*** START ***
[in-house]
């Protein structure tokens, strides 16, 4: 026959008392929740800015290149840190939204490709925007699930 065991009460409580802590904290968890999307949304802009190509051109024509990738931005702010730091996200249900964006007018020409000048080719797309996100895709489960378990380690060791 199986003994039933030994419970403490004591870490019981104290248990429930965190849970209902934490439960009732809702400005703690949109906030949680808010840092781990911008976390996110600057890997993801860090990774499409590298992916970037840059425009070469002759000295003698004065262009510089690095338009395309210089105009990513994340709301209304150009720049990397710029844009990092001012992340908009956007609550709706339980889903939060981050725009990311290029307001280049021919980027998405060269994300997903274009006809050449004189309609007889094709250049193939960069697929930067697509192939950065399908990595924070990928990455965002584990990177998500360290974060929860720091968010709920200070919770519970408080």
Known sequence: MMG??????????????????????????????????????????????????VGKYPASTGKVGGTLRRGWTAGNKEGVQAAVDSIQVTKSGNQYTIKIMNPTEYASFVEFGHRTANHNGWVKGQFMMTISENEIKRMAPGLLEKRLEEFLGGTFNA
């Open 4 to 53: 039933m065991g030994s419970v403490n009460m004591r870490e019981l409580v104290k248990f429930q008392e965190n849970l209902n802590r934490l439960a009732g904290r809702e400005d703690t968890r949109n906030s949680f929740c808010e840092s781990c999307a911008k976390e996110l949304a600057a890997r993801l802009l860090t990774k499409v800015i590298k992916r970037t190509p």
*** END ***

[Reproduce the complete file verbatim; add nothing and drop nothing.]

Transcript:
[in-house]
């Protein structure tokens, strides 16, 4: 026959008392929740800015290149840190939204490709925007699930 065991009460409580802590904290968890999307949304802009190509051109024509990738931005702010730091996200249900964006007018020409000048080719797309996100895709489960378990380690060791 199986003994039933030994419970403490004591870490019981104290248990429930965190849970209902934490439960009732809702400005703690949109906030949680808010840092781990911008976390996110600057890997993801860090990774499409590298992916970037840059425009070469002759000295003698004065262009510089690095338009395309210089105009990513994340709301209304150009720049990397710029844009990092001012992340908009956007609550709706339980889903939060981050725009990311290029307001280049021919980027998405060269994300997903274009006809050449004189309609007889094709250049193939960069697929930067697509192939950065399908990595924070990928990455965002584990990177998500360290974060929860720091968010709920200070919770519970408080």
Known sequence: MMG??????????????????????????????????????????????????VGKYPASTGKVGGTLRRGWTAGNKEGVQAAVDSIQVTKSGNQYTIKIMNPTEYASFVEFGHRTANHNGWVKGQFMMTISENEIKRMAPGLLEKRLEEFLGGTFNA
């Open 4 to 53: 039933m065991g030994s419970v403490n009460m004591r870490e019981l409580v104290k248990f429930q008392e965190n849970l209902n802590r934490l439960a009732g904290r809702e400005d703690t968890r949109n906030s949680f929740c808010e840092s781990c999307a911008k976390e996110l949304a600057a890997r993801l802009l860090t990774k499409v800015i590298k992916r970037t190509p």